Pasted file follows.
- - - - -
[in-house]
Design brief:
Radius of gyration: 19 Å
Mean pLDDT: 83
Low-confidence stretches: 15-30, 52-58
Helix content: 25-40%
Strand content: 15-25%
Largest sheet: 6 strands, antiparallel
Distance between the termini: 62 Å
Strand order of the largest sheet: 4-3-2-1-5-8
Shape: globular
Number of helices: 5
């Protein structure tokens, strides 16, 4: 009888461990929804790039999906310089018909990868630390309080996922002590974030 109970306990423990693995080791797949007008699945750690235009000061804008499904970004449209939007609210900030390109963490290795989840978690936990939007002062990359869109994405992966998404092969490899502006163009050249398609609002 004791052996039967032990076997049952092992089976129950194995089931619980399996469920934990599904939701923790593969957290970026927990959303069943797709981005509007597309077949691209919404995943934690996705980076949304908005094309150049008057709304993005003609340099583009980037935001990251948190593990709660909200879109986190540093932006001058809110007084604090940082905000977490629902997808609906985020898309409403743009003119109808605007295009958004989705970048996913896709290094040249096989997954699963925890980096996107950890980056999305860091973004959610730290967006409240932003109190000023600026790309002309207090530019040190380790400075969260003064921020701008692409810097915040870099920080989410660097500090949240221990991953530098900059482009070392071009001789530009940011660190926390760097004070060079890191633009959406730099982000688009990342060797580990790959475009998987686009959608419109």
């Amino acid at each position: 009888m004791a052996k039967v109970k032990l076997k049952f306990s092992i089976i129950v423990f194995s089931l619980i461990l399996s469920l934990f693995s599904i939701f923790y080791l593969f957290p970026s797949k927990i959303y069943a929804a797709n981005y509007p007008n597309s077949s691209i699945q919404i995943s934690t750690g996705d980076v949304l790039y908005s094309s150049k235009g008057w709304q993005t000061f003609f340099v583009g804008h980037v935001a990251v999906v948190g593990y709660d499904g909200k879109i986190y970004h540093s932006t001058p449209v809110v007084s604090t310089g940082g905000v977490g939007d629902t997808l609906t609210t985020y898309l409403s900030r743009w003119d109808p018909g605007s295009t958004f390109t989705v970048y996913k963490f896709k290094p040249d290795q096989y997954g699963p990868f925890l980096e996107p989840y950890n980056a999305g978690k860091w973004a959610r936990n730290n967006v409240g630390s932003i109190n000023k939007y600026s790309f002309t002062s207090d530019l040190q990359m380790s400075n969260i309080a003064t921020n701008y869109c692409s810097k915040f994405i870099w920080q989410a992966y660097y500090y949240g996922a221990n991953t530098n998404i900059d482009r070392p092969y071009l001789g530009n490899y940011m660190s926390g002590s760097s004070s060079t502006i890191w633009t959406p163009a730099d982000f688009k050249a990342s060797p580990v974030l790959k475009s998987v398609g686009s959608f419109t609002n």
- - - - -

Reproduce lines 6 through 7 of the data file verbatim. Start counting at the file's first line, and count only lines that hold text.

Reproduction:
Helix content: 25-40%
Strand content: 15-25%